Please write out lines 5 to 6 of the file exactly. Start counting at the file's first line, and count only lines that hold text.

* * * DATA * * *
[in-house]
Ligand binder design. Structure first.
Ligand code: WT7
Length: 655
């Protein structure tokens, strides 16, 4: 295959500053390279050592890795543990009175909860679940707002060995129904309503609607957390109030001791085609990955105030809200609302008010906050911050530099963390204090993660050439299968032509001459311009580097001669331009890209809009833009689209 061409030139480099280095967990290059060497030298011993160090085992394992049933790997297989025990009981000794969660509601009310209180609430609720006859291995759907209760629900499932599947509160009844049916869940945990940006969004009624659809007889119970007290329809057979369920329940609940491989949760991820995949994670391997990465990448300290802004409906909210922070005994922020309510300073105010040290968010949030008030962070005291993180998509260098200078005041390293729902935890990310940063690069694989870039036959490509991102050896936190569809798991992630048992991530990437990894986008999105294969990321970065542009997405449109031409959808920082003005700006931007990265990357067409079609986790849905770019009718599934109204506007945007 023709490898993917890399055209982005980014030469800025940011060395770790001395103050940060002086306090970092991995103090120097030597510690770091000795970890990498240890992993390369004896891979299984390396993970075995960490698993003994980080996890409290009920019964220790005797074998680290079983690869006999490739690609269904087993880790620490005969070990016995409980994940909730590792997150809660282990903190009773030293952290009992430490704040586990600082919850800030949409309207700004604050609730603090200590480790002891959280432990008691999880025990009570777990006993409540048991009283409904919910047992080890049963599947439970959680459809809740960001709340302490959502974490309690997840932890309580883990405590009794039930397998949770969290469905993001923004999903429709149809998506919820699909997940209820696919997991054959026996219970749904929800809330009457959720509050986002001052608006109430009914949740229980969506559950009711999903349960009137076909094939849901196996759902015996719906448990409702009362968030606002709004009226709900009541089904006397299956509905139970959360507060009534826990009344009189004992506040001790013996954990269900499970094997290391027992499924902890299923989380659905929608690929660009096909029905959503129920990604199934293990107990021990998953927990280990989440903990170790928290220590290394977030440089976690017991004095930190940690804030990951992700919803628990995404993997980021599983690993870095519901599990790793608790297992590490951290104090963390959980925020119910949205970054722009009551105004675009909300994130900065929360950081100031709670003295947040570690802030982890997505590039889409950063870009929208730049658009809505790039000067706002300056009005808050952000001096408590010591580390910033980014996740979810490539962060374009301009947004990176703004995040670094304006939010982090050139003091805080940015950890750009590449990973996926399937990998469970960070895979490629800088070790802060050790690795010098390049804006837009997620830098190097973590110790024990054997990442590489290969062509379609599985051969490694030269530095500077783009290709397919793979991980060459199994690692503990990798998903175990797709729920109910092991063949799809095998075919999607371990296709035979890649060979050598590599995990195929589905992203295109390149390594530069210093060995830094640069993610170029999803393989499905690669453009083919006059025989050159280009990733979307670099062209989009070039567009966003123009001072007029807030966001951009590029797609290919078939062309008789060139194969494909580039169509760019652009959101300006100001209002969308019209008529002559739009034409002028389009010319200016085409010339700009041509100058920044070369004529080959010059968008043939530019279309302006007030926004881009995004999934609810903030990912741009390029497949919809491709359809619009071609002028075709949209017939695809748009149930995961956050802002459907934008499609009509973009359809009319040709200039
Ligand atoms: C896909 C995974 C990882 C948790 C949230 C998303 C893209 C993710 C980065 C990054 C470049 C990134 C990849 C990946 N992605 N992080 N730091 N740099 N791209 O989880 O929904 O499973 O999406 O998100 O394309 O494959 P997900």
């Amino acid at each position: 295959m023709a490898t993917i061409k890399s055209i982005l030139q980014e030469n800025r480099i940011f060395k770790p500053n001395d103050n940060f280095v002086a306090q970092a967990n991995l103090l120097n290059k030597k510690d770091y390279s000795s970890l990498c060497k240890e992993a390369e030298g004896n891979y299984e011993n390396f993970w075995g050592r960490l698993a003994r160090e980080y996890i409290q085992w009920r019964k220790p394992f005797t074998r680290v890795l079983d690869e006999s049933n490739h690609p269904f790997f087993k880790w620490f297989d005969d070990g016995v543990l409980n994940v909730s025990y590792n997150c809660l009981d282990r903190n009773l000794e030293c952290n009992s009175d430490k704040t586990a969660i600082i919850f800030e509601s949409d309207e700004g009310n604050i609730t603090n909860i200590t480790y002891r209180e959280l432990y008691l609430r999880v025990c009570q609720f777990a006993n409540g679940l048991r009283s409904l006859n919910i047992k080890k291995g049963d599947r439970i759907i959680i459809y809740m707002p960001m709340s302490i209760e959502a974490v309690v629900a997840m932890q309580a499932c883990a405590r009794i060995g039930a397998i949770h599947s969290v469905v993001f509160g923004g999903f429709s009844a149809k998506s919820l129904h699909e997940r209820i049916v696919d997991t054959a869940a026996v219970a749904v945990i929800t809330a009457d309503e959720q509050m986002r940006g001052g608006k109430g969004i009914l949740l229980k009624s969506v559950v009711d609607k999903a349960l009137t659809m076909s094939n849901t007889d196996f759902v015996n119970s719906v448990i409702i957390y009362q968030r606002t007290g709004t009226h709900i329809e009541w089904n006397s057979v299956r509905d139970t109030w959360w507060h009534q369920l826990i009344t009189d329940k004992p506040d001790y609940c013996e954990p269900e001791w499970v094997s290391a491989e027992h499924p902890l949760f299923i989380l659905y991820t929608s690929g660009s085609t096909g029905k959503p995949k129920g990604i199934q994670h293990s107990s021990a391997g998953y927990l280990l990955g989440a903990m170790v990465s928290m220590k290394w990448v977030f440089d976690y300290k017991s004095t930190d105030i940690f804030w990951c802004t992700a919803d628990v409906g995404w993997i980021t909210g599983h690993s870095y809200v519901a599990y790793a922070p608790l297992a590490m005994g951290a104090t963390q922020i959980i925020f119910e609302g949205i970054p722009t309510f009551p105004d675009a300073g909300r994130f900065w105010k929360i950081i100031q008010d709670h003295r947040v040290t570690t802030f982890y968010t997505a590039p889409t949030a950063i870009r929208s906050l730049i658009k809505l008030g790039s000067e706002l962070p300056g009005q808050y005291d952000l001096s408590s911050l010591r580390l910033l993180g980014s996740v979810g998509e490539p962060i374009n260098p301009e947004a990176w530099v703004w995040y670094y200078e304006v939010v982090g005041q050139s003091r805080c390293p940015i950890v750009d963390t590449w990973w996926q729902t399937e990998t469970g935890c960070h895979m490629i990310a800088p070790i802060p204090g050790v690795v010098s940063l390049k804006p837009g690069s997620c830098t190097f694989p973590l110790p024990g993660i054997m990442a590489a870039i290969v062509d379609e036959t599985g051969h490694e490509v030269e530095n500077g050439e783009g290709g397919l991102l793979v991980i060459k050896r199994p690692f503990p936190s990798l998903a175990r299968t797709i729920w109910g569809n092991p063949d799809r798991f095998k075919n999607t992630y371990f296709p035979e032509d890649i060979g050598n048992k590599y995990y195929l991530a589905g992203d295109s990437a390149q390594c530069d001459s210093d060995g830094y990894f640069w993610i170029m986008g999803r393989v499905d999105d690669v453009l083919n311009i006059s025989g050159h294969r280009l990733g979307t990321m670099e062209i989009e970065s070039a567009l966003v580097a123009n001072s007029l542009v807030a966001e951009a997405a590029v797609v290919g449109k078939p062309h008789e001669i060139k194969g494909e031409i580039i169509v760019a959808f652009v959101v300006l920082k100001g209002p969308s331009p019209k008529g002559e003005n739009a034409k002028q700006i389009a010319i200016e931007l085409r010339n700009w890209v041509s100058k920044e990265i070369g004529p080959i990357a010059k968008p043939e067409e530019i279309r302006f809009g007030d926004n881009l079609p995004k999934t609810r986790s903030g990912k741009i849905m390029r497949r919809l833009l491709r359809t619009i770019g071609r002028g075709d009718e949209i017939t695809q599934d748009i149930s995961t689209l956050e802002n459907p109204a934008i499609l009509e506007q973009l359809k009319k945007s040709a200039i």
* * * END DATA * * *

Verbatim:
């Protein structure tokens, strides 16, 4: 295959500053390279050592890795543990009175909860679940707002060995129904309503609607957390109030001791085609990955105030809200609302008010906050911050530099963390204090993660050439299968032509001459311009580097001669331009890209809009833009689209 061409030139480099280095967990290059060497030298011993160090085992394992049933790997297989025990009981000794969660509601009310209180609430609720006859291995759907209760629900499932599947509160009844049916869940945990940006969004009624659809007889119970007290329809057979369920329940609940491989949760991820995949994670391997990465990448300290802004409906909210922070005994922020309510300073105010040290968010949030008030962070005291993180998509260098200078005041390293729902935890990310940063690069694989870039036959490509991102050896936190569809798991992630048992991530990437990894986008999105294969990321970065542009997405449109031409959808920082003005700006931007990265990357067409079609986790849905770019009718599934109204506007945007 023709490898993917890399055209982005980014030469800025940011060395770790001395103050940060002086306090970092991995103090120097030597510690770091000795970890990498240890992993390369004896891979299984390396993970075995960490698993003994980080996890409290009920019964220790005797074998680290079983690869006999490739690609269904087993880790620490005969070990016995409980994940909730590792997150809660282990903190009773030293952290009992430490704040586990600082919850800030949409309207700004604050609730603090200590480790002891959280432990008691999880025990009570777990006993409540048991009283409904919910047992080890049963599947439970959680459809809740960001709340302490959502974490309690997840932890309580883990405590009794039930397998949770969290469905993001923004999903429709149809998506919820699909997940209820696919997991054959026996219970749904929800809330009457959720509050986002001052608006109430009914949740229980969506559950009711999903349960009137076909094939849901196996759902015996719906448990409702009362968030606002709004009226709900009541089904006397299956509905139970959360507060009534826990009344009189004992506040001790013996954990269900499970094997290391027992499924902890299923989380659905929608690929660009096909029905959503129920990604199934293990107990021990998953927990280990989440903990170790928290220590290394977030440089976690017991004095930190940690804030990951992700919803628990995404993997980021599983690993870095519901599990790793608790297992590490951290104090963390959980925020119910949205970054722009009551105004675009909300994130900065929360950081100031709670003295947040570690802030982890997505590039889409950063870009929208730049658009809505790039000067706002300056009005808050952000001096408590010591580390910033980014996740979810490539962060374009301009947004990176703004995040670094304006939010982090050139003091805080940015950890750009590449990973996926399937990998469970960070895979490629800088070790802060050790690795010098390049804006837009997620830098190097973590110790024990054997990442590489290969062509379609599985051969490694030269530095500077783009290709397919793979991980060459199994690692503990990798998903175990797709729920109910092991063949799809095998075919999607371990296709035979890649060979050598590599995990195929589905992203295109390149390594530069210093060995830094640069993610170029999803393989499905690669453009083919006059025989050159280009990733979307670099062209989009070039567009966003123009001072007029807030966001951009590029797609290919078939062309008789060139194969494909580039169509760019652009959101300006100001209002969308019209008529002559739009034409002028389009010319200016085409010339700009041509100058920044070369004529080959010059968008043939530019279309302006007030926004881009995004999934609810903030990912741009390029497949919809491709359809619009071609002028075709949209017939695809748009149930995961956050802002459907934008499609009509973009359809009319040709200039
Ligand atoms: C896909 C995974 C990882 C948790 C949230 C998303 C893209 C993710 C980065 C990054 C470049 C990134 C990849 C990946 N992605 N992080 N730091 N740099 N791209 O989880 O929904 O499973 O999406 O998100 O394309 O494959 P997900």